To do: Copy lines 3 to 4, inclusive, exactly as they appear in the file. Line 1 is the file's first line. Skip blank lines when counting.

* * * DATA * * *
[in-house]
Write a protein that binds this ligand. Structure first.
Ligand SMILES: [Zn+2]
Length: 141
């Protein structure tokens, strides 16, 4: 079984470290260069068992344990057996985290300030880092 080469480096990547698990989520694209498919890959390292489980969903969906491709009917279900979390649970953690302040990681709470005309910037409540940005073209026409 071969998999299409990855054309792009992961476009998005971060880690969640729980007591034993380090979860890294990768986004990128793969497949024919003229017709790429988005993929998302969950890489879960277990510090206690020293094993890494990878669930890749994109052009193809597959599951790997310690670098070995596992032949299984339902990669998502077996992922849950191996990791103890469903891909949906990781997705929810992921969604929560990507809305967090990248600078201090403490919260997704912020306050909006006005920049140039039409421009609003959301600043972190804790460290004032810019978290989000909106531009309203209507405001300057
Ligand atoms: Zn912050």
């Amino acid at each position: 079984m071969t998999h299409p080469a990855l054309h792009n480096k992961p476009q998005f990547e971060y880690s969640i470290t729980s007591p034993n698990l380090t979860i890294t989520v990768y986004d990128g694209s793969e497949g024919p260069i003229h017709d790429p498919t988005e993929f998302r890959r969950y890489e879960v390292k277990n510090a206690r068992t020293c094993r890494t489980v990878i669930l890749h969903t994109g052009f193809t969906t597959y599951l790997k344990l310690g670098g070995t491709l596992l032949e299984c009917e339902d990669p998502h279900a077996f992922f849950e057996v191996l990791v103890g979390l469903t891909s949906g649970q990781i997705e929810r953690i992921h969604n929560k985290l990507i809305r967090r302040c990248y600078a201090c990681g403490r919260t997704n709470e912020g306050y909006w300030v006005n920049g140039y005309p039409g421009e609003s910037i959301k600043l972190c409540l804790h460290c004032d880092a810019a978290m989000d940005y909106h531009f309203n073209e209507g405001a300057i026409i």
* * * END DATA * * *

Ligand SMILES: [Zn+2]
Length: 141